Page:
You must have heard of the huge surge of research about the negative effects of sugar on our bodies. We had a chat with Sarah Wilson, the best-selling author of I Quit Sugar and I Quit Sugar For Life, whose two-week no sugar experiment took on a life of its own and turned into an incredibly inspirational lifestyle.
Sarah can help you cut out processed foods and achieve "a mind and body that's clean and clear" (quoting Sarah). In this interview we ask Sarah about her inspirations and influences, her previous sugar addiction, her philosophy on meat, and she tells us how to make a non-sugar smoothie.
C&J: You have inspired a huge community on a journey to better health. Who or what has inspired you along the way?
SW: I'm not sure that I have one, but I find independent creatives inspire me. People like Seth Godin, Claire Bowditch, the great chick who runs BrainPickings.Org.
C&J: What did your diet and health look like before you quit sugar?
SW: I was a sugar addict. I didn’t look like one. I didn’t drink coke or put sugar in my coffee. I’ve never eaten a krispy Kreme donut, and ice cream bores me but here’s the thing: I was a covert addict. I was eating three pieces of fruit a day, a teaspoon or two of honey in my tea, a small (35g) bar of dark chocolate after lunch and, after dinner, honey drizzled on yoghurt, or dessert (if I was out). The American Heart Association recommends that women consume no more than six teaspoons a day, and on a conservative day I was consuming 25-plus teaspoons of sugar.
C&J: Your programmes have a strong Paleo influence to them, what is it about this way of eating that attracts you?
SW: The I Quit Sugar 8-Week Program is Paleo-ish. It incorporates some of the Paleo principles, like eating whole, unprocessed foods and obviously, cutting out sugar. Grains and carbs are optional and recipes easily adapted. However, we do use eggs, dairy and nuts in our recipes. My favourite acronym at the moment is JERF – Just Eat Real Food. To JERF is to eat simply. When you stop eating sugar you start eating whole, un-mucked with foods just like our grandparents did which is consistent with paleo principles.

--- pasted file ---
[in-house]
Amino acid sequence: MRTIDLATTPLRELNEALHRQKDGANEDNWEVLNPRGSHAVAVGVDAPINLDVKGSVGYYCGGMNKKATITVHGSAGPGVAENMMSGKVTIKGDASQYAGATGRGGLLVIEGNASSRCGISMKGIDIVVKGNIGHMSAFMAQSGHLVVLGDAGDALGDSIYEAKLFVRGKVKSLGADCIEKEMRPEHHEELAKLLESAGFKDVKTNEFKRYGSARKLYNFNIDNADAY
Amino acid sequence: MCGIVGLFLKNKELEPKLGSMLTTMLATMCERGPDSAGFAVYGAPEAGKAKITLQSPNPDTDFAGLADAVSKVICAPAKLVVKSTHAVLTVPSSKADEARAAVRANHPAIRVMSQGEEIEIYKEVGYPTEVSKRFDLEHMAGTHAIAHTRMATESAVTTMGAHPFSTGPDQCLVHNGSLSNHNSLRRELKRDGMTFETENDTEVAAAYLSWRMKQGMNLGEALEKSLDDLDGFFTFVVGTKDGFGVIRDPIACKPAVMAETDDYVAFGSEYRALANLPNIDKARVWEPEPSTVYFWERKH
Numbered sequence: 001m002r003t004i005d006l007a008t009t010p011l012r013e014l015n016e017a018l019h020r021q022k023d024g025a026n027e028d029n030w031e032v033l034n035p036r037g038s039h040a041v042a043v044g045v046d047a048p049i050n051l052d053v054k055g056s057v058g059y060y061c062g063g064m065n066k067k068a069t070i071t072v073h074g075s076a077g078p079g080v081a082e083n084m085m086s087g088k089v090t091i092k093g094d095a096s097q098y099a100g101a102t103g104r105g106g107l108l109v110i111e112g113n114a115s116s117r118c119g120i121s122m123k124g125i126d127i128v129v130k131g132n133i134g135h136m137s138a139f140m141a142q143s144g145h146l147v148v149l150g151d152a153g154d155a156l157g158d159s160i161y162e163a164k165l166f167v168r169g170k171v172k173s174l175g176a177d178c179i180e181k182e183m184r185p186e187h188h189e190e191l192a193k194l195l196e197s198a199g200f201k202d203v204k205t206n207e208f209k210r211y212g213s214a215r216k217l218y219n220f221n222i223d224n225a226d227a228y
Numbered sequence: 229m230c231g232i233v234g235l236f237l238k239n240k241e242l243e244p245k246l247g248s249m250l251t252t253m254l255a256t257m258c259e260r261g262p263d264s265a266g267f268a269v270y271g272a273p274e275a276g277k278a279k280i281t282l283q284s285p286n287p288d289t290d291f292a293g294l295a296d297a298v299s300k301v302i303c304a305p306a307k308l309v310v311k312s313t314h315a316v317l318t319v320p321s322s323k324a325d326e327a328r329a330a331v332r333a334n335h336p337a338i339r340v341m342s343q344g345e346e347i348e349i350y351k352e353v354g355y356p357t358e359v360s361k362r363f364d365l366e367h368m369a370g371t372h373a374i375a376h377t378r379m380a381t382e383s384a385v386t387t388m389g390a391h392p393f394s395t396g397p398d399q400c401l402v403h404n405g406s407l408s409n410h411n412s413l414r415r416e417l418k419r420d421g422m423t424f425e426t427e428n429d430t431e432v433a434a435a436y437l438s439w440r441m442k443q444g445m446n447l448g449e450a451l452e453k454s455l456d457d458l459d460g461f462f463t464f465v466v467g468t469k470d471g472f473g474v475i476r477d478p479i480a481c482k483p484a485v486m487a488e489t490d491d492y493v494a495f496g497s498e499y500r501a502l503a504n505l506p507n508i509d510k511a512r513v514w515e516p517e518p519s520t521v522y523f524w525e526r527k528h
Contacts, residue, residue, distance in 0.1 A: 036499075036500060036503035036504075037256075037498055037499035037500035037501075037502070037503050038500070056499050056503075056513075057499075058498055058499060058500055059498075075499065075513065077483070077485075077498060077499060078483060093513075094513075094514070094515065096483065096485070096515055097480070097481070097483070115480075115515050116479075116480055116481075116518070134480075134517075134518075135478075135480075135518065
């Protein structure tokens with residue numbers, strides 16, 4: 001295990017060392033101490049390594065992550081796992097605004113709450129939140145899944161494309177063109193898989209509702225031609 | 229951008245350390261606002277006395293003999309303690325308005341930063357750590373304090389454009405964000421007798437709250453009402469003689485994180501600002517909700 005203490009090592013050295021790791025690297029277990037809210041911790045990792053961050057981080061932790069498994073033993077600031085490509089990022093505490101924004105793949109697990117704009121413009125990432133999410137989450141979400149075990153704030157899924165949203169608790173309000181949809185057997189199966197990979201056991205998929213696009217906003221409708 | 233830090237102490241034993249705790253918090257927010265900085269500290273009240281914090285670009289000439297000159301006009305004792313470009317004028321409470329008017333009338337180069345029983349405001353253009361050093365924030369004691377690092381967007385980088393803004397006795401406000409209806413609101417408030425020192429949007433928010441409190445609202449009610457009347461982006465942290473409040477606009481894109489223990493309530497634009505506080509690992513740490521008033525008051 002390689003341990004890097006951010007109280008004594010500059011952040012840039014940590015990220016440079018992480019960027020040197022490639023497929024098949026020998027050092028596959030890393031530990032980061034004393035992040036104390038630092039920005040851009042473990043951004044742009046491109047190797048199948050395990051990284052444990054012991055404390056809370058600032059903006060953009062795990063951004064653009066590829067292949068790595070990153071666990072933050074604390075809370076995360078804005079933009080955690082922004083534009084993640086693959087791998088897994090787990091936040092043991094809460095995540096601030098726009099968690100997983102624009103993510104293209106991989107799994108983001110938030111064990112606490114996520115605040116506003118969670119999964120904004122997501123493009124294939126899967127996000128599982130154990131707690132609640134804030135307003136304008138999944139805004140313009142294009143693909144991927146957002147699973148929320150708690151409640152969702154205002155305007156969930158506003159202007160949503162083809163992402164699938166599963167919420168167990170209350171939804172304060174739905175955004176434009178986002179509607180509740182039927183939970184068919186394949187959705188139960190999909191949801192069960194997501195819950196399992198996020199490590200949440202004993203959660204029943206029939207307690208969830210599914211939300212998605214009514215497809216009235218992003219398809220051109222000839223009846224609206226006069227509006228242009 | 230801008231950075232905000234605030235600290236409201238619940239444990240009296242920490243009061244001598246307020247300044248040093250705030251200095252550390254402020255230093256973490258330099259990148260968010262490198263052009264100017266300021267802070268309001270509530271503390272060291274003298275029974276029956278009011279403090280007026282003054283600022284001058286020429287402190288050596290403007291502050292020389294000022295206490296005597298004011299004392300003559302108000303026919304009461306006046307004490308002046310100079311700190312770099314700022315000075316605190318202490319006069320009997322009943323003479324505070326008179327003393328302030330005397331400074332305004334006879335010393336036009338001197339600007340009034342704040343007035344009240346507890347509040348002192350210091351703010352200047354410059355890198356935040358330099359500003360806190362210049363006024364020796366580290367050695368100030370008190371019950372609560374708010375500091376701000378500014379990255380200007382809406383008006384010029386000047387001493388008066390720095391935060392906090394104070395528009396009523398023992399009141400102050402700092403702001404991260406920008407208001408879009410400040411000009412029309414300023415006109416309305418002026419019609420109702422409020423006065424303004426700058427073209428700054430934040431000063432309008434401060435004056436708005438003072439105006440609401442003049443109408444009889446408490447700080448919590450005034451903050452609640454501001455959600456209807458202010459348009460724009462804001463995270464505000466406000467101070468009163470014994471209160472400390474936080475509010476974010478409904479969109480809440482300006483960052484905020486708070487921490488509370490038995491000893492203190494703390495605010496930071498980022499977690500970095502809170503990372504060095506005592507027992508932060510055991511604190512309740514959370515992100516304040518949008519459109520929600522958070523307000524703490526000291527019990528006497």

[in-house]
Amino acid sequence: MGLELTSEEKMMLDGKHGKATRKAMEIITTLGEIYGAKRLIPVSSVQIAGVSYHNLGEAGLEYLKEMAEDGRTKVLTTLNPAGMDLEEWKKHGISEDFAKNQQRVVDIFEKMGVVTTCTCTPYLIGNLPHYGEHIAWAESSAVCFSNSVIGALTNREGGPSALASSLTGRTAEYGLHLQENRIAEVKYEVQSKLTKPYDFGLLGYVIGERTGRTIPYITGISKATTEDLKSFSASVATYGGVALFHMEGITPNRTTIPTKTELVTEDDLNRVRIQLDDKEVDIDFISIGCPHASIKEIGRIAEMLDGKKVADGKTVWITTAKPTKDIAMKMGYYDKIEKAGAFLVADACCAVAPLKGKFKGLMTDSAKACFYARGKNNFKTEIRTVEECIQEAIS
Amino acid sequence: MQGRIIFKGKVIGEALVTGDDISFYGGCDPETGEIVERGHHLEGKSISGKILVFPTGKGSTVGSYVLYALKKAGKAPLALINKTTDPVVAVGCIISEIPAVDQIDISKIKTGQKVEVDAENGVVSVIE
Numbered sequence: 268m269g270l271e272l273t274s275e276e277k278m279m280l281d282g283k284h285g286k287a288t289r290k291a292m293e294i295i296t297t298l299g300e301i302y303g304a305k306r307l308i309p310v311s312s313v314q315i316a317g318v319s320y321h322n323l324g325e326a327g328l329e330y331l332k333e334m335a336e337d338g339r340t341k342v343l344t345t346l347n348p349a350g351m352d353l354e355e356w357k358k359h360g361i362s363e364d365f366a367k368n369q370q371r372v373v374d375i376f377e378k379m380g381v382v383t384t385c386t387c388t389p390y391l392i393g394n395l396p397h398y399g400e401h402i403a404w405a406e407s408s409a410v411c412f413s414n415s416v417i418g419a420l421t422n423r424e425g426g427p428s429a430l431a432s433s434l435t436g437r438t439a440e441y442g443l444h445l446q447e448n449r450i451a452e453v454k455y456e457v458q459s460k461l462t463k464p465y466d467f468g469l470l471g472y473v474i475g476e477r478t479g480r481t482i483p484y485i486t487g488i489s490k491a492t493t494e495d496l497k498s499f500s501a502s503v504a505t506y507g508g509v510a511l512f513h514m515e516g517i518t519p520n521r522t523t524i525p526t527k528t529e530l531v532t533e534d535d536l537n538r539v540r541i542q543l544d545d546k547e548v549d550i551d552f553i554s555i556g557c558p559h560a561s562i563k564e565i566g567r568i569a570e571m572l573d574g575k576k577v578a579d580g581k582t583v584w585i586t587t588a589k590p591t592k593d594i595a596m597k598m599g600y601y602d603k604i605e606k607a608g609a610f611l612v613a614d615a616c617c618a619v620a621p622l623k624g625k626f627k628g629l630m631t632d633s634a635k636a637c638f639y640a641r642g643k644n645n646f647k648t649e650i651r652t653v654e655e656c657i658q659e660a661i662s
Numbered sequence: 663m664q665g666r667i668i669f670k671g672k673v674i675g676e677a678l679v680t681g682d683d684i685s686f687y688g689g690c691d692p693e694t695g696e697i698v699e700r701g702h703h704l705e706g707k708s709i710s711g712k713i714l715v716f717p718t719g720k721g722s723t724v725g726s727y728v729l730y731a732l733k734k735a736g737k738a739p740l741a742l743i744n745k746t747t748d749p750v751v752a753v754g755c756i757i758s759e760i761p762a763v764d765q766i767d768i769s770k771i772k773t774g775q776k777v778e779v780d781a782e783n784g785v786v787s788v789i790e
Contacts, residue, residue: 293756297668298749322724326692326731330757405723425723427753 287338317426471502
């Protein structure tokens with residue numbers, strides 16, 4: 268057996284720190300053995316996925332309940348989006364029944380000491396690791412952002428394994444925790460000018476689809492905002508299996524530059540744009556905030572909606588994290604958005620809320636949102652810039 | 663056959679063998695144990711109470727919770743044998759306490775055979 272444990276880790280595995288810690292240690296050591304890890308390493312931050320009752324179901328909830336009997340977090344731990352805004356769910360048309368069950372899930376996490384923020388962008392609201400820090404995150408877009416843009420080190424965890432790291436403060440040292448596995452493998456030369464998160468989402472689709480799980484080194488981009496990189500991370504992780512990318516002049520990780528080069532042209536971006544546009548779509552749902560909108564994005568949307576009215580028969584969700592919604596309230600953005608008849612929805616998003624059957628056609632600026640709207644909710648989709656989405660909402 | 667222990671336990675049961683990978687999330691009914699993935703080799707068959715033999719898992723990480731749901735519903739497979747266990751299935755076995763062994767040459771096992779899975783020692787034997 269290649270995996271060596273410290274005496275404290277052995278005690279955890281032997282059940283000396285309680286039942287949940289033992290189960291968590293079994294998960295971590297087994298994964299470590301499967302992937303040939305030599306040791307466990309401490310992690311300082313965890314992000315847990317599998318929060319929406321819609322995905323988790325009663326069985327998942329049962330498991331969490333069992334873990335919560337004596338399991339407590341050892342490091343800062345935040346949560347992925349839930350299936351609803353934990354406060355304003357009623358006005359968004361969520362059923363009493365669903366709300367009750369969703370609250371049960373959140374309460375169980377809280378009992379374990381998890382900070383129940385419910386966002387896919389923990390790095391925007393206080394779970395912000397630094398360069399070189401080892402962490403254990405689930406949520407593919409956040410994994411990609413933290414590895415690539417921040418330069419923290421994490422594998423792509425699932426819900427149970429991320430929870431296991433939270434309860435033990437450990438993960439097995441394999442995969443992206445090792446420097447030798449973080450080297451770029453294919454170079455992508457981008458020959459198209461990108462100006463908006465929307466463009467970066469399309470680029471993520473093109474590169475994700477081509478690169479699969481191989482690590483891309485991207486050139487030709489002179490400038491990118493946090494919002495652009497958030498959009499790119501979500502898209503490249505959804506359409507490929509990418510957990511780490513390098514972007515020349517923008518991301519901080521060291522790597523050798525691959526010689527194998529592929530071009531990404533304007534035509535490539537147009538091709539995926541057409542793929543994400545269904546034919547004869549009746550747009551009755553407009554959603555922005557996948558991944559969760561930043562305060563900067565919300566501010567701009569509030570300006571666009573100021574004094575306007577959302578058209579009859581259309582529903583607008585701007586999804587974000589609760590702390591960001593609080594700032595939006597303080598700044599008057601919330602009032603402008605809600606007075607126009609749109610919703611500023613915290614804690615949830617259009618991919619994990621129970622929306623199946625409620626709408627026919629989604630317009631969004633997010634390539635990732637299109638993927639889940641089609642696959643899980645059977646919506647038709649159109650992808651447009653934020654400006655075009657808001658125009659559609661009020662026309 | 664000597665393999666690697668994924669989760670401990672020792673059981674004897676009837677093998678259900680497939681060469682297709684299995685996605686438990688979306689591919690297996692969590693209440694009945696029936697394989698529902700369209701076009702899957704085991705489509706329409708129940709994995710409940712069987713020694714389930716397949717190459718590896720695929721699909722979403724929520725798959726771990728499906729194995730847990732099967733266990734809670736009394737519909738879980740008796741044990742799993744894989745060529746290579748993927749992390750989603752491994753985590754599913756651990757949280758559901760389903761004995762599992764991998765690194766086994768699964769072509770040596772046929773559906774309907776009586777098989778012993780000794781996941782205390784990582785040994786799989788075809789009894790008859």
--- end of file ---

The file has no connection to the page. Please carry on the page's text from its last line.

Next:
C&J: For people who have a sweet tooth what are your favourite sweeteners to use?
SW: Rice malt syrup is my pick. It’s made from fermented cooked rice. It’s a blend of complex carbohydrates, maltose and glucose. It’s 100% fructose free. Stevia is another good option. Stevia is a plant-based sweetener. It’s completely fructose free and 300 times sweeter than sugar. It’s great in recipes where you want to add a little sweetness, but avoid using it in large quantities as it can have a bitter aftertaste.
C&J: A lot of smoothie recipes have a high fruit content, what does the perfect smoothie look like to you?
SW: For me, the perfect smoothie is a fructose-free, veggie-packed green smoothie! Commercial (and many homemade) smoothies and juices are often loaded with 2-3 serves of fruit and sometimes a dumping of “low-fat” and sweetened yoghurt. Which can tally to 30g of sugar, or 1.25 times the recommended daily amount in just one beverage. The effect of this sugar dump on the liver is enormous and sets the body up for a rollercoaster of blood-sugar highs and lows. Avoid fruit and stick to vegetable ingredients. I recently released an I Quit Sugar Clean ‘n’ Green Smoothies Cookbook packed full of cleansing, whole food detox smoothies and whips.
C&J: What are your rules and advice on purchasing meat and poultry?
SW: I’m a hearty meat eater. But I’m also a very mindful meat eater. I grew up on a small farm and we raised goats for milk and meat. I then worked in the food industry on and off for about 20 years, and developed a heightened respect for meat and how it should be consumed. My top tips for purchasing meat and poultry are:
- Always buy from sustainable suppliers – Check the farming practices used by your suppliers, supermarkets or local farmers are sustainable.
- Shop at your local market & butcher – Ask your butcher where their meat comes from. It also keeps the sustainable dialogue between you and the farmer (albeit via a third person).
- Seek out sustainable meat – People often ask me, do I eat organic meat? Yes and no. Put it this way, I don’t seek out “organic”. Instead I seek out “sustainable” meats. An organic steak can often come from cattle raised in cruel, dirty conditions. Flipside, a lot of fantastic pasture-raised meat doesn’t have an “organic” label. Not because the farmer cuts corners with chemicals, but because they can’t afford the expensive organic certification process.
- Buy pasture-fed meat - Pasture-raised animals forage on grass and do not tend to be treated with hormones or antibiotics. Grain-fed animals are kept in feedlots and are fed corn, soy and other grains.
C&J: How do you start your day to ensure it is healthy and balanced?
SW: Most mornings I wake up (no alarm; between 6 -7 am) and drink a dromedary’s hump worth of hot water. Then I head out the door to exercise (20-30 minutes). I’ll do an ocean swim, or a yoga class, or go for a slow jog on the harbour. Then I meditate, usually in the sun… head home for a shower and off to work where I make and eat my breakfast in our IQS (I Quit Sugar) kitchen.